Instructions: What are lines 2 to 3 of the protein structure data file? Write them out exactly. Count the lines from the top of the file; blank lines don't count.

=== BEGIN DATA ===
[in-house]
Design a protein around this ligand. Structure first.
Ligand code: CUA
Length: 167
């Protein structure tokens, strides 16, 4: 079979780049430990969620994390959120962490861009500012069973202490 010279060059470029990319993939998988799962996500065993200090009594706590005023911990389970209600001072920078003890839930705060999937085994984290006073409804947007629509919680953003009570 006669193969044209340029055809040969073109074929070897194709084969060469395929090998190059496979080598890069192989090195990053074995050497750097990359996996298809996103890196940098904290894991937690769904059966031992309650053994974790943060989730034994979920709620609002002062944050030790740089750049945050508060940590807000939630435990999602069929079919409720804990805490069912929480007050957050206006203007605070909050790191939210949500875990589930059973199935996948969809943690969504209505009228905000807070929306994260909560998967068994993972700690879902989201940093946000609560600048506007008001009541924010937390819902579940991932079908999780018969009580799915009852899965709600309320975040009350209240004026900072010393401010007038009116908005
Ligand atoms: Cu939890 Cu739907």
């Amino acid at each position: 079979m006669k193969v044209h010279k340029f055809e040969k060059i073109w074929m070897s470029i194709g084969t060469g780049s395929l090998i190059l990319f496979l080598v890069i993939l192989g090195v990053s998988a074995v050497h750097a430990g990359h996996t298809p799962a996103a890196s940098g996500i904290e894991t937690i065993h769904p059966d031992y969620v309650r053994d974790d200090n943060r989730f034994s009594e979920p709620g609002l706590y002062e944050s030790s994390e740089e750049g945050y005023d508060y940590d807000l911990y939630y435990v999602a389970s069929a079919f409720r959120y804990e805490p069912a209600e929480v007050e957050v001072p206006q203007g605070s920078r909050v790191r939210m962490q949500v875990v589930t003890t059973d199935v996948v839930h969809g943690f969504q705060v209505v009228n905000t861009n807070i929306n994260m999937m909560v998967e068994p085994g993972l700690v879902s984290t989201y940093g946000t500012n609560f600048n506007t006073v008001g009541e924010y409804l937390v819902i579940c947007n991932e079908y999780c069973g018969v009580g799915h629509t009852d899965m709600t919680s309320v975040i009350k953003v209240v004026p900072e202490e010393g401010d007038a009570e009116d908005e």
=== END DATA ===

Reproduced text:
Design a protein around this ligand. Structure first.
Ligand code: CUA